If you think about it, you’ll see that the second version would probably require much more than the first would. Let’s say that you like being treated with ice cream escapades; following the second formulation, you’d have to continually be treating people to ice cream escapades.
Many people think the Principle of Humanity boils down to a version of the consent rule, i.e. that it’s okay to treat people however you wish as long as they consent to being treated that way. It’s actually more stringent than that, though, because it might still be wrong to do something to people if they consent to it. For instance, some people might consent to being in abusive relationships, but it doesn’t make it morally permissible for their abusers to abuse them. The abuse violates the Mere Means Principle, but not the principle of consent.
The Positive Version of the Mere Means Principle
A general way to think about the positive version of the Principle is to ask whether your intent is to support the ends of those that you’re interacting with. To make this work, you have to imagine how you’d like to be treated if you had their same ends – you can’t just imagine how you’d like to be treated because you have your own ends. If your treatment of them supports or is consistent with their ends, then you’re golden.
For instance, paying the teenager next door to cut your grass for $15 would probably be okay, unless you’ve got a huge lawn or some Portlandian lawnjungle that would require industrial machinery to make any headway on it. Orchestrating a party because you’d like to experience the happiness of hanging out with your friends is fine, as well – in that case, you’re using them for your own ends, but they’re also benefiting and you’re respecting their ends.
Careful that you don’t violate your own humanity in the pursuit to advance others, though, because that runs afoul of the Principle of Humanity, too. You can’t use your own humanity as a mere means to someone else’s ends in the same way that others can’t use you as a mere means to their ends.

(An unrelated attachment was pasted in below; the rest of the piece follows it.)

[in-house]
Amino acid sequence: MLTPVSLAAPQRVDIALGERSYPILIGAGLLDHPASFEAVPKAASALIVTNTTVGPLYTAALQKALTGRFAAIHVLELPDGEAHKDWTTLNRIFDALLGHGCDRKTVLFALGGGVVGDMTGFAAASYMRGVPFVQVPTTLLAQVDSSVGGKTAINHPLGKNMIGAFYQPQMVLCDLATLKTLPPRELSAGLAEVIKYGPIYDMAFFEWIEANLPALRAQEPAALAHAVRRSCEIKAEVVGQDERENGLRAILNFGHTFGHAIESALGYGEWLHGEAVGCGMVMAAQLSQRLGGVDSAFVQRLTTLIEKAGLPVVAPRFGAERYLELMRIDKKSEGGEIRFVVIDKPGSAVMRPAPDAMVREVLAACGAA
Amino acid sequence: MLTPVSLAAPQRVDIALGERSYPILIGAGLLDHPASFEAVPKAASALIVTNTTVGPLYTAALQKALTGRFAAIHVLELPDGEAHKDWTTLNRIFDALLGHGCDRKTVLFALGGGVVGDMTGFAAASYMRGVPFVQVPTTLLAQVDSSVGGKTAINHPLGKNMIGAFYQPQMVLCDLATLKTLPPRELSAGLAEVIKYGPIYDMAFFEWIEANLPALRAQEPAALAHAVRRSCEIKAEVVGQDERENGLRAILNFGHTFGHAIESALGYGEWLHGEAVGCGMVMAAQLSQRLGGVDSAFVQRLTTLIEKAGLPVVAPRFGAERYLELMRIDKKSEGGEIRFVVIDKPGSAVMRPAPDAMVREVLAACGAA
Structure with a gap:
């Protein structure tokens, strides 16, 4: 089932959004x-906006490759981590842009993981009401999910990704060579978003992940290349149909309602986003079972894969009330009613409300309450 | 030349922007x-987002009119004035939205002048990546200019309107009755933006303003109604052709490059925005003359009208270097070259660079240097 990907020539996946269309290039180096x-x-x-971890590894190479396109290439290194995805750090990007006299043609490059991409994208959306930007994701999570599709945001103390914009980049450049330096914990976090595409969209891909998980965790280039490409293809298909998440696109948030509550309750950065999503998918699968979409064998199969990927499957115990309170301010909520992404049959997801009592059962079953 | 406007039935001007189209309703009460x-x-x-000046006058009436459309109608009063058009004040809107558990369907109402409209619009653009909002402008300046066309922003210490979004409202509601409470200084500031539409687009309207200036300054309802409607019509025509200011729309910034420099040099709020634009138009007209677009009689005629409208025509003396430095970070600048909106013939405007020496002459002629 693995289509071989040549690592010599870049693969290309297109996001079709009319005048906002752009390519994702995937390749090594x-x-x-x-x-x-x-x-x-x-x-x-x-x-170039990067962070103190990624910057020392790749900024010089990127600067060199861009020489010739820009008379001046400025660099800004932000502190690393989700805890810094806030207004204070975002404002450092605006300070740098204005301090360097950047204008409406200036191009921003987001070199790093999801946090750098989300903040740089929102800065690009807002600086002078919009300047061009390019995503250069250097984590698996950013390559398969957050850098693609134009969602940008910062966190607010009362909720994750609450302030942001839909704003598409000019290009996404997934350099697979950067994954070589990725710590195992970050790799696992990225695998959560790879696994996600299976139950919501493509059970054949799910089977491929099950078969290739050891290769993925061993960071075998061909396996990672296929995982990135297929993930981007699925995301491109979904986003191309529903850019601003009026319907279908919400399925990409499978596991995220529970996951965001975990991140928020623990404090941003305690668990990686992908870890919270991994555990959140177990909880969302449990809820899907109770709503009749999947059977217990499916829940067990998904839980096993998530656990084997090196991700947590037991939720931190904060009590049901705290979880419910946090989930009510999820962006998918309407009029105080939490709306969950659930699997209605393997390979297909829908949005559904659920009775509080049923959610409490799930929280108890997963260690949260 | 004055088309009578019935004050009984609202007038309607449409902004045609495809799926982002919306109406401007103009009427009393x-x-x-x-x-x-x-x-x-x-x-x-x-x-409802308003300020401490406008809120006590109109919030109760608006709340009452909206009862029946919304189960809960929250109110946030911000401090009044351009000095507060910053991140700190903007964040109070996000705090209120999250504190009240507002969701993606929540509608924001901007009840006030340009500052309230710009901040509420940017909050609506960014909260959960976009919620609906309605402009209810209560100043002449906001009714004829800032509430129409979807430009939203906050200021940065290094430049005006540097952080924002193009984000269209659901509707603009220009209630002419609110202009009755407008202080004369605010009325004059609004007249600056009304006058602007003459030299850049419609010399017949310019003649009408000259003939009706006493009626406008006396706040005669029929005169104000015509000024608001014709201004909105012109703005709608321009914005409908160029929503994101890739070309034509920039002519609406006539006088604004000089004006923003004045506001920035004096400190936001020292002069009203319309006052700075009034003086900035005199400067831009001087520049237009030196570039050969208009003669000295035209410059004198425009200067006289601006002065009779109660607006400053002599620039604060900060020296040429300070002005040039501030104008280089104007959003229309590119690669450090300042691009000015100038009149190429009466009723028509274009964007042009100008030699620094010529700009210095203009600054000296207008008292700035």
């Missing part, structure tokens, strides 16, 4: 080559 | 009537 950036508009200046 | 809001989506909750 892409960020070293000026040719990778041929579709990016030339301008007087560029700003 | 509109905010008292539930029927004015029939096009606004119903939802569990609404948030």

Note that the word “mere” is carrying a significant amount of weight. If that one word was removed from the principle, it would be too stringent – we couldn’t have almost any interaction with others. Many a discussion and paper has gone afoul because the word has been dropped.
The Road to Hell is Paved with Good Intentions
While the Principle of Humanity is good in most occasions, one of the shortfalls of it is that it generally places a lot of weight on intent. When we get outside of books and the Ivory Tower, we see that well-intentioned people often cause a great deal of trouble in the world because their actions have predictable and traceable consequences that lead to harm.
Intent-based moral schemas are often nicely balanced by consequence-based moral schemas, but that balancing act makes ethics much more complex and messy. That’s okay by me, though, because life is often complex and messy – shouldn’t our frameworks account for simplifying the complexity and mess of life rather than pretending it’s simple and pristine?
The next time you’re worrying about being used or using somebody, ask yourself whether someone is being used as a mere means.